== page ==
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10/20/2011

Eastern York County CROP Walk on Oct. 23 to Start with Electric Slide

Quick Facts

 This 34 th anniversary event in Rock Hill is South Carolina’s oldest CROP Walk to raise money to feed the hungry.
 At 2:45 p.m. participants will be shown how to do the Electric Slide line dance. Then, the participants will line up with the leaders from Saddle Creek, and in unison, will line dance the Electric Slide as a fun way to kick off the CROP walk.

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ROCK HILL, S.C. – Participants in this year’s Eastern York County CROP Walk on Oct. 23 may participate in possibly the largest line dancing gathering ever held in York County.

Registration for the CROP walk will begin at 2 p.m. on the Dinkins lawn at Winthrop University. Music will be provided by Saddle Creek, a new non-alcohol country music entertainment facility located on Cherry Road in Rock Hill.

At 2:45 p.m. participants will be shown how to do the Electric Slide line dance. Then, the participants will line up with the leaders from Saddle Creek, and in unison, will line dance the Electric Slide as a fun way to kick off the CROP walk. The York County CROP walk and Saddle Creek are hoping to have 1,000 people for the line dance and the CROP walk.

This 34 th anniversary event in Rock Hill is South Carolina’s oldest CROP Walk to raise money to feed the hungry. York County’s CROP Walk has raised nearly $600,000 in its 34 years, with $150,000 remaining with local agencies.

"The York County Walk raises the eighth largest amount of any walk in the Southeast Region and ranks 71st out of 1,500 walks held all over the country this year in raising money for the hungry,” said the Rev. Narcie Jeter, coordinator of the walk and leader of the Wesley Foundation. “As much as York County has been devastated by these hard economic times, people continuously dig deep into their pockets to give to their hungry neighbors and to the poor all over the world. We hope that though it may be more and more difficult to give that people will continue to give sacrificially both in monetary gifts and in cans for our local agencies."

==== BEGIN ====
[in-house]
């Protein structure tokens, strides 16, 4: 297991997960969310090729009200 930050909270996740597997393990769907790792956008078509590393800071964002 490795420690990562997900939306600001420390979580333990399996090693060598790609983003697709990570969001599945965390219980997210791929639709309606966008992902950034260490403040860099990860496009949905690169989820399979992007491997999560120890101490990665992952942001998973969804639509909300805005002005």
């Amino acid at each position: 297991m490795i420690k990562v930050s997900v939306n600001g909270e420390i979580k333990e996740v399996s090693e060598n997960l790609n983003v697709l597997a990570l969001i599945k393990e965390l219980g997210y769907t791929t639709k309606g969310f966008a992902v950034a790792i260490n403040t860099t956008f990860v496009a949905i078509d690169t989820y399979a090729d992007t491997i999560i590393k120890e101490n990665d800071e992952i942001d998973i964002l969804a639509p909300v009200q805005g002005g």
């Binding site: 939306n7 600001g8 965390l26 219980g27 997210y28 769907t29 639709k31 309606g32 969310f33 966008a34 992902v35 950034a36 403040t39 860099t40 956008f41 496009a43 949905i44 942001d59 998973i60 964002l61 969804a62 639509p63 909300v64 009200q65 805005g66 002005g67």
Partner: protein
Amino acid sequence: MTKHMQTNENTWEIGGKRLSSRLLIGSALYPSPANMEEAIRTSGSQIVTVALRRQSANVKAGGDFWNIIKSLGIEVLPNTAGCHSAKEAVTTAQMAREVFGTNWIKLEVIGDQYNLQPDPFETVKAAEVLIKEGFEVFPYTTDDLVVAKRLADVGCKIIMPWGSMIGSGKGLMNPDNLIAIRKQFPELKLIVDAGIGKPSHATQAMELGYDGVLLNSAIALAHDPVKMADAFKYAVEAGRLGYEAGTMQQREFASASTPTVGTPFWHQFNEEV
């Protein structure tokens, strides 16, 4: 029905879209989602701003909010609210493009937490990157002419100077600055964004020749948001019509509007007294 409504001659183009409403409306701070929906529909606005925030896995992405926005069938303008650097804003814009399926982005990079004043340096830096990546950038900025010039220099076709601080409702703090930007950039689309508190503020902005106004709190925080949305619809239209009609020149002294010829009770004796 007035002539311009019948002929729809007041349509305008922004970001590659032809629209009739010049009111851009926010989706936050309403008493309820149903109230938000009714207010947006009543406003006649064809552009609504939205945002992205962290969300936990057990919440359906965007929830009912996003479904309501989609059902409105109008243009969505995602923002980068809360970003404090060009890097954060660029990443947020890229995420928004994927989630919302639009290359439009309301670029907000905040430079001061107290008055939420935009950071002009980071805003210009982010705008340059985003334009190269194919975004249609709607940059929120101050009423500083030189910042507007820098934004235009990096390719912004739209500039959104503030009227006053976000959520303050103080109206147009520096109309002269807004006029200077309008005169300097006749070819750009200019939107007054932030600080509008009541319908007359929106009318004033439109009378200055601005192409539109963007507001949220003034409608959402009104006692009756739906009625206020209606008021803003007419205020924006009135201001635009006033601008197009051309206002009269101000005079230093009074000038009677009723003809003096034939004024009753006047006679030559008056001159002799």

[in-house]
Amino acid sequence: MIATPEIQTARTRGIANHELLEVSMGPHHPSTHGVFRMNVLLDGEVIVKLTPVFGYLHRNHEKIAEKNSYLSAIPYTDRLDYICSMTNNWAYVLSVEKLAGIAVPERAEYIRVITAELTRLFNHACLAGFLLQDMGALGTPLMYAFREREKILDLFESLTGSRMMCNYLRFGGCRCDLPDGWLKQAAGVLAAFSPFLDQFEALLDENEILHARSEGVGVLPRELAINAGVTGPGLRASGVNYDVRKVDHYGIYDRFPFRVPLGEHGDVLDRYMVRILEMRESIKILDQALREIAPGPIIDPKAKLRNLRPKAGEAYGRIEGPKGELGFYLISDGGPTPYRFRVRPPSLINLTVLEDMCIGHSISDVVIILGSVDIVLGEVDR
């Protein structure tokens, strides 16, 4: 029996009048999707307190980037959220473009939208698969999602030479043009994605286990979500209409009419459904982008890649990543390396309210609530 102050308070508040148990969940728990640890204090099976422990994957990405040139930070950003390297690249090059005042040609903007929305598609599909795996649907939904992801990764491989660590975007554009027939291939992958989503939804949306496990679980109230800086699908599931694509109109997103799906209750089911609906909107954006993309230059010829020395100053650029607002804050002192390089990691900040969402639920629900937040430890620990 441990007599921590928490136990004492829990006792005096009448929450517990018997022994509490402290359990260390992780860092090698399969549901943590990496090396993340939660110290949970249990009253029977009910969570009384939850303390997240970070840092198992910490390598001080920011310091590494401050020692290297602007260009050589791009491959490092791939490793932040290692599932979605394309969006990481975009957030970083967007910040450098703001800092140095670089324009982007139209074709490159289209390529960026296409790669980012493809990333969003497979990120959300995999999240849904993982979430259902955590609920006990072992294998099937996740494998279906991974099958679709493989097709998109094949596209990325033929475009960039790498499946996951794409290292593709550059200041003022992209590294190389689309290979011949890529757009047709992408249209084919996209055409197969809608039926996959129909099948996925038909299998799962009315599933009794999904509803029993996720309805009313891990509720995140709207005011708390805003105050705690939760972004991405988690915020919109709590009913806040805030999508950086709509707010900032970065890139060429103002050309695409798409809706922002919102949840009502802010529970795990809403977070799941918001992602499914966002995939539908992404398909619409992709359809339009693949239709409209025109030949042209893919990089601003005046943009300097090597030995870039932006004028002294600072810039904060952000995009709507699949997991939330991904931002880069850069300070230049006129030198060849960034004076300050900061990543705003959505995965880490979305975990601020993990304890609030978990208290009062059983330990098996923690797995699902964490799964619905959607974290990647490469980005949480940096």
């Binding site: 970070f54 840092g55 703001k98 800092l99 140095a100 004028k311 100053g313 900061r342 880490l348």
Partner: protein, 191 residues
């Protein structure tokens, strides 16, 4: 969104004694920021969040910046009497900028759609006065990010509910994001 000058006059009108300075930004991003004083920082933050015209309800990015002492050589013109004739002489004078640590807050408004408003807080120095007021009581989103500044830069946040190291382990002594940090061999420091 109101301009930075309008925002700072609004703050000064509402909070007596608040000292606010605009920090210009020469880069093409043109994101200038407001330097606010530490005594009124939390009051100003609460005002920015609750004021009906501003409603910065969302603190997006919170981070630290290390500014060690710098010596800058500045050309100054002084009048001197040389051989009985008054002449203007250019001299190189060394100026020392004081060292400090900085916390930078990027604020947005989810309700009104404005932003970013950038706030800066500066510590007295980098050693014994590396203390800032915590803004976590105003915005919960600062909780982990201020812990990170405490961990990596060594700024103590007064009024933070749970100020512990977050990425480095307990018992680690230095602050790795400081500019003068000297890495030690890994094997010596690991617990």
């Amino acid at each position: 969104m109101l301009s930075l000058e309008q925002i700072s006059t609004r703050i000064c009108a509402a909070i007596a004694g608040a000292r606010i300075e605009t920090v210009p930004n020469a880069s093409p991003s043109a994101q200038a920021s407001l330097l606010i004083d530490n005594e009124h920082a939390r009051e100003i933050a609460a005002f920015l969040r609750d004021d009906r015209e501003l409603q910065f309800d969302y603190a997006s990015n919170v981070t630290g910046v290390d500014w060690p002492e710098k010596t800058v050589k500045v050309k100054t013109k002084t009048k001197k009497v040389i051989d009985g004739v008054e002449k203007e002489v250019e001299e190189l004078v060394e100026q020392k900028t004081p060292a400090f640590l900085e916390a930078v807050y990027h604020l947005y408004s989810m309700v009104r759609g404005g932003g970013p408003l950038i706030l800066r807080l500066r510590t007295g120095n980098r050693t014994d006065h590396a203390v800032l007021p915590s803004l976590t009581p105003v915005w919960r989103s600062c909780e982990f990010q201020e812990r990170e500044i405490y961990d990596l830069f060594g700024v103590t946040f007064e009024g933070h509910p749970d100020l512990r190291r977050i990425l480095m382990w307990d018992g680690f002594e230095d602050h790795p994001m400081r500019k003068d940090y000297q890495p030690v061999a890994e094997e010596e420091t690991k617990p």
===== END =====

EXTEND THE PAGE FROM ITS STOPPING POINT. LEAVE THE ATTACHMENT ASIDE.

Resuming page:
The walk will start and end at Dinkins Hall on the Winthrop University campus. Organizers will go through Winthrop’s main gates, around Byrnes Auditorium, down Scholars Walk and then head to downtown Rock Hill. Once in the downtown, they will be able to visit St. John’s United Methodist Church where they may vote on their favorite Can Creation, which are art projects made of canned goods by area teen groups.

Another change is that three different types of groups could win $100 for raising the most money in the walk. The top Winthrop student group that raises the most money will get $100 to their organization, the top Greek organization will get $100 towards their philanthropy and the top youth group will get $100 to their youth missions.

Jeter said she is providing the bonus money from the Wesley Foundation as an incentive, so CROP Walk money will not be affected.

CROP Walk is the community hunger appeal of Church World Service. The organization represents 36 Protestant, Orthodox and Anglican churches in the United States working with indigenous churches and organizations in more than 80 countries.

Admission to the walk is a canned food item, which will be divided among area food pantries.

For more information, contact the Wesley Foundation at 803/327-5640 or e-mail Jeter at winthropwesley@gmail.com

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